Success can be harmful if looked at improperly. Yesterday, I lucked out and drew the biggest crowd I’d ever drawn in New Orleans, breaking my record high hat by $20 (not counting the show where I got my first $100 bill). I felt fantastic afterwards, the panoramic photo I tried to take couldn’t even capture half of the circle.
Yesterday and today I learned that going from doing the best show of your career into the next show(s) can mess with you.
When you’re starting a show, you are the crazy guy yelling on the street, faced with the enormous task of disarming and charming a bunch of strangers. When you finish, you are the center of a swirling mass of energy, attention, appreciation and group consciousness. But after that crowd of people finishes complimenting, thanking, and paying you, they go their separate ways. Then as soon as you go to start your next show, you’re right back to being the crazy guy yelling on the street.
One moment you’re surrounded by a hundred people preoccupied with loving you, and the next moment you can’t quite convince a mother to let her kids watch you start the next show. That can be a trip.
In areas where the foot traffic is fairly slow, the importance of that first group of 7-10 can not be overemphasized. If there is nothing happening in the streets around you, a group of 10 people can peak a lot of interest, especially if you have them clapping or yelling. Something I’ve started doing on slower days is actively timing the beginning of my show, poaching larger groups and convincing them into cocreating the illusion of an audience. It can make a world of difference when starting a show with minimal materials.
But… Let’s say you have a crowd of 10. One group of four, and two father/mother/child groups. Only one member of the group of four is actually interested, the other three have been dragged up to the rope against their better judgement because of the pleas from their friend. These guys become distracted, looking around, checking their phones, and mentally compiling their grocery list. The other seven audience members are attentive and involved.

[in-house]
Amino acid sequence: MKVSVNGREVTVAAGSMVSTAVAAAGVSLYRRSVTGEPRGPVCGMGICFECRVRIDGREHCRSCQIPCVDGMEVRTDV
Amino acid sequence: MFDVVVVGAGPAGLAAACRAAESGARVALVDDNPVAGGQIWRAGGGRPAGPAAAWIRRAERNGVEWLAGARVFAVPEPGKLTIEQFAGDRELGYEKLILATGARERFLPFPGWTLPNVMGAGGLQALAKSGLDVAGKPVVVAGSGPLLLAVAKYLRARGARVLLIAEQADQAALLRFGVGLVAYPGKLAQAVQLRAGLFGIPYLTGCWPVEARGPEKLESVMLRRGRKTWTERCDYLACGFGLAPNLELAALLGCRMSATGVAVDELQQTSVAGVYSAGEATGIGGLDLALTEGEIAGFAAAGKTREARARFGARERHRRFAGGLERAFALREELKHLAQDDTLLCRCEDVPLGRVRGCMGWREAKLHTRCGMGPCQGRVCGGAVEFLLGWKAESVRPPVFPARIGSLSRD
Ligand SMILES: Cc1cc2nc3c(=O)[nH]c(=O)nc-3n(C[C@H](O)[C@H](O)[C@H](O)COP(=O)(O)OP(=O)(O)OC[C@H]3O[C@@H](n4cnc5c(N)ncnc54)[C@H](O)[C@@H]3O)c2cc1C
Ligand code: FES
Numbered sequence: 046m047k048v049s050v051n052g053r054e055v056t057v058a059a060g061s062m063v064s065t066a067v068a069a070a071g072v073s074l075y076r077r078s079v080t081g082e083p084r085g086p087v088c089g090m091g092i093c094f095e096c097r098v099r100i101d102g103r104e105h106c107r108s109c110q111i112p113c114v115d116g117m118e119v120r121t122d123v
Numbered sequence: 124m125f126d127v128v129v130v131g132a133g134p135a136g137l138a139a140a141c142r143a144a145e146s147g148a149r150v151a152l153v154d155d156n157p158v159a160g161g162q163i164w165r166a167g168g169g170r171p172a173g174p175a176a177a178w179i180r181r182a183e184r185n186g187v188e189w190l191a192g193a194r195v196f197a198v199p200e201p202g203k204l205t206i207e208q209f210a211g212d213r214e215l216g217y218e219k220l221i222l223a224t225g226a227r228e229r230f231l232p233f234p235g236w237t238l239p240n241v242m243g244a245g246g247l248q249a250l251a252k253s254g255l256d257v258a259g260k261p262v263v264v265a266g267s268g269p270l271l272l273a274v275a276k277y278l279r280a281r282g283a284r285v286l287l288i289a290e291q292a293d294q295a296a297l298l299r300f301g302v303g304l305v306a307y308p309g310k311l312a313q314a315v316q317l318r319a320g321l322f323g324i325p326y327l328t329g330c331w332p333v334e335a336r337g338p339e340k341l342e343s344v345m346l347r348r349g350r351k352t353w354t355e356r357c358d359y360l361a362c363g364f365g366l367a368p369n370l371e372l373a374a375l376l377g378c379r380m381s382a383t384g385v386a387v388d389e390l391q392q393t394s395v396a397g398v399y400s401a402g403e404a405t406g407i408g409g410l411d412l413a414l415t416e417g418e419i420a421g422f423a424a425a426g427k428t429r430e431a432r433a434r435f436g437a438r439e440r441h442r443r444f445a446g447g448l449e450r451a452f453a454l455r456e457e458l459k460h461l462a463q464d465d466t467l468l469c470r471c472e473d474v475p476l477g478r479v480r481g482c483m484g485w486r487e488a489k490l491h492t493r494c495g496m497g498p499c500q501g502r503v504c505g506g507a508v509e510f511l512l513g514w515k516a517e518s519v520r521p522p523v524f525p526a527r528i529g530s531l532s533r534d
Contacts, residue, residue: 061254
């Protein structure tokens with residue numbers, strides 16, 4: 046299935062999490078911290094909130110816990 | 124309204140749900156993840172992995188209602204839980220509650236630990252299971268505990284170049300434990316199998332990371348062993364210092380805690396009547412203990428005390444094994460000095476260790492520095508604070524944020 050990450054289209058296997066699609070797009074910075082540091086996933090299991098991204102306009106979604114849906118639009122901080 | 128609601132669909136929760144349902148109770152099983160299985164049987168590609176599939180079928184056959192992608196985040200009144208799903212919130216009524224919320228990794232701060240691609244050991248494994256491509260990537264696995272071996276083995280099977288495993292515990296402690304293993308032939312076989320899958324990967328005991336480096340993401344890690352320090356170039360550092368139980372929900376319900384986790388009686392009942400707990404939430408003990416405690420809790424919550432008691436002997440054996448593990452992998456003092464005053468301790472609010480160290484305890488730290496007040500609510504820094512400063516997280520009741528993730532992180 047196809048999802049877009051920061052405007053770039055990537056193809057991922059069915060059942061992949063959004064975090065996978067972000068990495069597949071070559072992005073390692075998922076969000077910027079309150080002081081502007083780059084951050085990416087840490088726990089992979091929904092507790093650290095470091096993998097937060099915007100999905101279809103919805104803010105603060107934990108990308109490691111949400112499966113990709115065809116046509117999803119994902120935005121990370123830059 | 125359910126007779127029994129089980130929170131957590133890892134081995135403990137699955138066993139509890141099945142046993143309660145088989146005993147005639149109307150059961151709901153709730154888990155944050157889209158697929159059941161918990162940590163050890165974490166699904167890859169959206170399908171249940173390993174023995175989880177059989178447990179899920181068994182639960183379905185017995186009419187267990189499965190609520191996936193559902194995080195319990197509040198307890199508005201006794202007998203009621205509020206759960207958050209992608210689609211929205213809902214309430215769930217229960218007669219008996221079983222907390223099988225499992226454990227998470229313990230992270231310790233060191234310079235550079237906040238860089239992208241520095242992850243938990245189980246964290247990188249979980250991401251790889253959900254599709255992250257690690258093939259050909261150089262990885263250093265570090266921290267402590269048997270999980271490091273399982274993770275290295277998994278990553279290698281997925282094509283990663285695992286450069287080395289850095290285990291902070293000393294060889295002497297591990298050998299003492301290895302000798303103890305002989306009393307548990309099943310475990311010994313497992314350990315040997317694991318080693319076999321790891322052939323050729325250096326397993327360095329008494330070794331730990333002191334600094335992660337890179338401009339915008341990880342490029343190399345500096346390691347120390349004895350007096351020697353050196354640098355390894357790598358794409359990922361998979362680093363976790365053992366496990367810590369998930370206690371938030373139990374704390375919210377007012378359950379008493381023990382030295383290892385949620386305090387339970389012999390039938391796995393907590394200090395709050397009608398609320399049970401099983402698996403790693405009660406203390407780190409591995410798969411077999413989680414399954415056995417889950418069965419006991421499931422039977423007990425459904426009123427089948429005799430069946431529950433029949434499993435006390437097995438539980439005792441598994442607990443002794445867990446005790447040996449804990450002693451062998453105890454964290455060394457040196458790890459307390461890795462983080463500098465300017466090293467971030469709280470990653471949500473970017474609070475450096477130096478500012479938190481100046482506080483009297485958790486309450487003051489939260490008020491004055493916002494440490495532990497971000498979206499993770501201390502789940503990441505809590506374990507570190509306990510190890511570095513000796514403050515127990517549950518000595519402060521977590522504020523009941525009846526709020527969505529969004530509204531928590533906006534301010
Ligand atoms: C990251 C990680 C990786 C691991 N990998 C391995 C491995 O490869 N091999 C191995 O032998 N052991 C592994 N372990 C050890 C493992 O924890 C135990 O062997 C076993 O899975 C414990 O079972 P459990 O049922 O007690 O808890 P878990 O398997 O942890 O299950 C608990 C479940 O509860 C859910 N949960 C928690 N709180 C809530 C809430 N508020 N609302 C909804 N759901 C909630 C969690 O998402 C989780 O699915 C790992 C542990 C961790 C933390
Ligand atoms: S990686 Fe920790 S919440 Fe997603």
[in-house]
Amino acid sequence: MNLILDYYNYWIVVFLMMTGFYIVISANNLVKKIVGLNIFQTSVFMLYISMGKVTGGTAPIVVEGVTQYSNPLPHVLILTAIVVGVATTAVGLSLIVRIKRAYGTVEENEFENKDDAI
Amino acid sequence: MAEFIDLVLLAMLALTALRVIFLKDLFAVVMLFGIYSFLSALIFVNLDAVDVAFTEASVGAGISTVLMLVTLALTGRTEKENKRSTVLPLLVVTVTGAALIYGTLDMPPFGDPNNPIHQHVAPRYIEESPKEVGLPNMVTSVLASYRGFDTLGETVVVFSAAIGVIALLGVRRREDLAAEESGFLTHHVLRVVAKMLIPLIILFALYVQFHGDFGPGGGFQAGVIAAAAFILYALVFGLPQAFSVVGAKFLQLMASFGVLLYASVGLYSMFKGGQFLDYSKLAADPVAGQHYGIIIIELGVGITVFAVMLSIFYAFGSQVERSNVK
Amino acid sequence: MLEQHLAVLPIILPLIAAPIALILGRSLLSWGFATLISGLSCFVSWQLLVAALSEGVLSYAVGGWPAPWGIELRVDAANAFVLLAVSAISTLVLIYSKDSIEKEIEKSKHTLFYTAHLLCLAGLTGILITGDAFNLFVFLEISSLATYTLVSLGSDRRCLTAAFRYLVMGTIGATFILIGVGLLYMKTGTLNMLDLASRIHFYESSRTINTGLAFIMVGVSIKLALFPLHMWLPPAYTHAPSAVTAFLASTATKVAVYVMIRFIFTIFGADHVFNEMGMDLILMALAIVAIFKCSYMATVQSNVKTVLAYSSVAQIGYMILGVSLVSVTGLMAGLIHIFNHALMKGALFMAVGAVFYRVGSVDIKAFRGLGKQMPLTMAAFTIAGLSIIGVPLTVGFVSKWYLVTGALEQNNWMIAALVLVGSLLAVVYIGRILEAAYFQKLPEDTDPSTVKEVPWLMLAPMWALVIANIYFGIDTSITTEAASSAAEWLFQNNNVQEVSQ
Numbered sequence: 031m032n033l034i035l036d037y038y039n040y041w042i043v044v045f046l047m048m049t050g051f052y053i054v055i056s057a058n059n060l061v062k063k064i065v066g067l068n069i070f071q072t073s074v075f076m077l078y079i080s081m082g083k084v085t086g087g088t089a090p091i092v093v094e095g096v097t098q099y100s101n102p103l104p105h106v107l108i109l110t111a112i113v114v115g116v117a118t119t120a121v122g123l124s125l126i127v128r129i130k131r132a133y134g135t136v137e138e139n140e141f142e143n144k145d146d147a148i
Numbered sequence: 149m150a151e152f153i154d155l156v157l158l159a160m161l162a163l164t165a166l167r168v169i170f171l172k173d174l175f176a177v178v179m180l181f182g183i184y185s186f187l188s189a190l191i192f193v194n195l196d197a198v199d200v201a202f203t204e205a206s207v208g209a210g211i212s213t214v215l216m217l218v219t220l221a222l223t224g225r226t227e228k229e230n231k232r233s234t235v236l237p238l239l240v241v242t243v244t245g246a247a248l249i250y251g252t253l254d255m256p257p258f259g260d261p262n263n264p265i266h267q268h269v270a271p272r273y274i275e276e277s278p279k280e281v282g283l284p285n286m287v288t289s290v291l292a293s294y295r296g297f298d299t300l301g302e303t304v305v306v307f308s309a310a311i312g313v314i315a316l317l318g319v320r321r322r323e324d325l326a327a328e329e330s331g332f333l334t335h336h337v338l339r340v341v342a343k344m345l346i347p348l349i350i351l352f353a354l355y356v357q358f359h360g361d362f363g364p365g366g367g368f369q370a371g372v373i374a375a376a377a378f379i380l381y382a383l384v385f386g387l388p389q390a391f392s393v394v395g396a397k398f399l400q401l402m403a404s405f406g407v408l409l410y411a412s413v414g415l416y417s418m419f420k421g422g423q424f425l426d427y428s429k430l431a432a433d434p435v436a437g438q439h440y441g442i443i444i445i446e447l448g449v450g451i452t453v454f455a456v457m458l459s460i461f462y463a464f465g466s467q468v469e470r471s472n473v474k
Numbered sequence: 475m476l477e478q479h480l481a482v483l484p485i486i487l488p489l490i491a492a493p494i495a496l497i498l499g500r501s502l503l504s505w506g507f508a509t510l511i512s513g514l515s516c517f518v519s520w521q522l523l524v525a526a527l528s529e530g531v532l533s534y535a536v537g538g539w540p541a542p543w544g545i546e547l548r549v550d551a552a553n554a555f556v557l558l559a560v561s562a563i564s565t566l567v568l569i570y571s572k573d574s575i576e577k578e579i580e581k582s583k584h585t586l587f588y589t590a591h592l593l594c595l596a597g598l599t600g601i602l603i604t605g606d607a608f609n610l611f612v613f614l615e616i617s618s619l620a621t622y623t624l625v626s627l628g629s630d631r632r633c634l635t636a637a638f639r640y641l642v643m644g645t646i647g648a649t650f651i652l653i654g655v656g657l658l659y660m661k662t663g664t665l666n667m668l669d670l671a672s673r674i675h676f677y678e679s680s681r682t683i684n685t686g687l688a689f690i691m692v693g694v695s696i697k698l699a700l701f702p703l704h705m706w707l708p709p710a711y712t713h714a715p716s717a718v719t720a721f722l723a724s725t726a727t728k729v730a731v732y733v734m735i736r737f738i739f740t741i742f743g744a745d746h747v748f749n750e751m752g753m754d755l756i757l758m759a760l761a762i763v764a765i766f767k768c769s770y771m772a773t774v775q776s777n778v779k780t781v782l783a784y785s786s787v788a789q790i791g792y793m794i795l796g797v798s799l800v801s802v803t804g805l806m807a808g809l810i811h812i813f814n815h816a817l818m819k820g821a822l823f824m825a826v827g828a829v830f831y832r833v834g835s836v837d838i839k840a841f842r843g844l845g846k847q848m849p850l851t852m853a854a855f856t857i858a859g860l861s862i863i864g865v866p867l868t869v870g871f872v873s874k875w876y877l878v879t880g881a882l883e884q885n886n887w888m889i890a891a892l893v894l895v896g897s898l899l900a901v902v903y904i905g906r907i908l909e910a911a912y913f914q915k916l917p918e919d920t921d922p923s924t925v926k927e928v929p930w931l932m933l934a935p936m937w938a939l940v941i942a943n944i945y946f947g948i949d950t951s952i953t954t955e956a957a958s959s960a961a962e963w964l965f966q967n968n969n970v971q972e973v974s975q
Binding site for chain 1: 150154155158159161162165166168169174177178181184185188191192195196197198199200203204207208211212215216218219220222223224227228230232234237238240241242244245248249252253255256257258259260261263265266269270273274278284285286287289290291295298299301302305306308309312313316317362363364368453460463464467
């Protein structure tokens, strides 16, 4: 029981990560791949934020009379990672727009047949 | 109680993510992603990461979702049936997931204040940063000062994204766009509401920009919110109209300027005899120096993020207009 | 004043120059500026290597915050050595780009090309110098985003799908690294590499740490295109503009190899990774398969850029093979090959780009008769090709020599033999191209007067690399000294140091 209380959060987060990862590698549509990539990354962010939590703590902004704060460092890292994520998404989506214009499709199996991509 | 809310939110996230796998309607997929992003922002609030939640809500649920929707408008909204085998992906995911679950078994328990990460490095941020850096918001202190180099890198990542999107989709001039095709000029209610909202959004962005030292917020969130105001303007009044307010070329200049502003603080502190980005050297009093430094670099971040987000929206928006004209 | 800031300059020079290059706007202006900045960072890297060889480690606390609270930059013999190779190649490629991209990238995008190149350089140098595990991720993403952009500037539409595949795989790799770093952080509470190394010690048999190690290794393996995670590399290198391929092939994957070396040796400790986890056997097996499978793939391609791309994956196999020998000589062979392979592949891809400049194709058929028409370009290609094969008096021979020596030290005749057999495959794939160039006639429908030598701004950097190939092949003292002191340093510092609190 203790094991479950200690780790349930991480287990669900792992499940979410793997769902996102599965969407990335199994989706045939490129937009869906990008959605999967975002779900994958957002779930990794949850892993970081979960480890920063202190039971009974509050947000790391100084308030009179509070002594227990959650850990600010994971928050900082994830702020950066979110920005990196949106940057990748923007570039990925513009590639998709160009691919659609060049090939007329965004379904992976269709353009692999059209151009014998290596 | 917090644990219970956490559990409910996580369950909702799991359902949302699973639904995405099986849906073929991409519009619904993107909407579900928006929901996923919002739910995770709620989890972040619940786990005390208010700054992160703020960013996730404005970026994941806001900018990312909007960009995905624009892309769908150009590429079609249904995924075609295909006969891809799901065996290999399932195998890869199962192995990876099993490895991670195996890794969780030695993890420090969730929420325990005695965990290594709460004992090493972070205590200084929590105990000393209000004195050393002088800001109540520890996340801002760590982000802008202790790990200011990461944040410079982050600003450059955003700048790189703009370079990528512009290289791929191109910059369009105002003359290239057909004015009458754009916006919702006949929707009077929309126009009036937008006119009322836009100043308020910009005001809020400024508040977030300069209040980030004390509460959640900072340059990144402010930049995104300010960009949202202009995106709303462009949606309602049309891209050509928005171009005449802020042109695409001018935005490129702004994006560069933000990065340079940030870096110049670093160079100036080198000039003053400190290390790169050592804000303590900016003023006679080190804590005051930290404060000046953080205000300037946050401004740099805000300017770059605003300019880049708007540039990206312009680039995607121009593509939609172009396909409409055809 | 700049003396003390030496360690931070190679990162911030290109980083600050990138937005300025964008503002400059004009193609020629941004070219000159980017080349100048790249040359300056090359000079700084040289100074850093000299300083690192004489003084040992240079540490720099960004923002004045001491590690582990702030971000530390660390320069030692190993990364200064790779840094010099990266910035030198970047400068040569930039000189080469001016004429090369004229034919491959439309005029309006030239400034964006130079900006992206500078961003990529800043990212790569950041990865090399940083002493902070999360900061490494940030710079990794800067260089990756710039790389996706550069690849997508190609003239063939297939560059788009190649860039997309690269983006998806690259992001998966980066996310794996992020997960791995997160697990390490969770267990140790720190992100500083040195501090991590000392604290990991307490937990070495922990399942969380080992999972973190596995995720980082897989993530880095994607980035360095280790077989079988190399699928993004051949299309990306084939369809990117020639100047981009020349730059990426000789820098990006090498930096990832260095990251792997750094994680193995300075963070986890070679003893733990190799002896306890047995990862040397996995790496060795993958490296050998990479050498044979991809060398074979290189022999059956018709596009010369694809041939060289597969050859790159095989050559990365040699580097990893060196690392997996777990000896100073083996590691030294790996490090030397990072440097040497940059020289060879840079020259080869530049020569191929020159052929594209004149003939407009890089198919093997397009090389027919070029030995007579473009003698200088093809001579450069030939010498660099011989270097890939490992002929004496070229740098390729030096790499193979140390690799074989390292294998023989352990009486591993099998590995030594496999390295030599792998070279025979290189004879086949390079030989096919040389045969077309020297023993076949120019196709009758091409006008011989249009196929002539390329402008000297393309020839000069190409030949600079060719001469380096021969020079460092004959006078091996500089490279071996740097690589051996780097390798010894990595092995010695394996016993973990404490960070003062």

It’s counterintuitive, but in my opinion you’re better off losing all three of the uninvolved individuals in order to maintain the integrity of the show. Yes, from a distance they still increase the headcount of your crowd, but they are very unconvincing human decoys when seen up close. A passerby glancing at the show would see that about a third of the crowd was not having fun, which negatively impacts the likelihood of them joining the show. A group of seven smiling and focused people is much more powerful than an incomplete group of 10.
You can try your damnedest to win them over, but sometimes those people are just best let go. If despite your earnest attempts to open them up, they continue communicating to you that they’re not willing to put forth a sufficient amount of their energy into the act of cocreating, then you might as well save your energy and focus entirely on those that are willing to receive your gift.
More often than not, if you create strong moments of magic with those that are sharing their time with you, the reactions of those involved can win back the attention of the preoccupied.
One of the things I love the most about this job is that no matter what the outcome, every day I learn more and more about myself, others, and the art I’m so very passionate about.
I’ve started selling possessions and reinvesting in my machine. I’m excited to start traveling again =)
I’ll leave you with a bit of humor forwarded to me by fellow New Orleans magician Alexander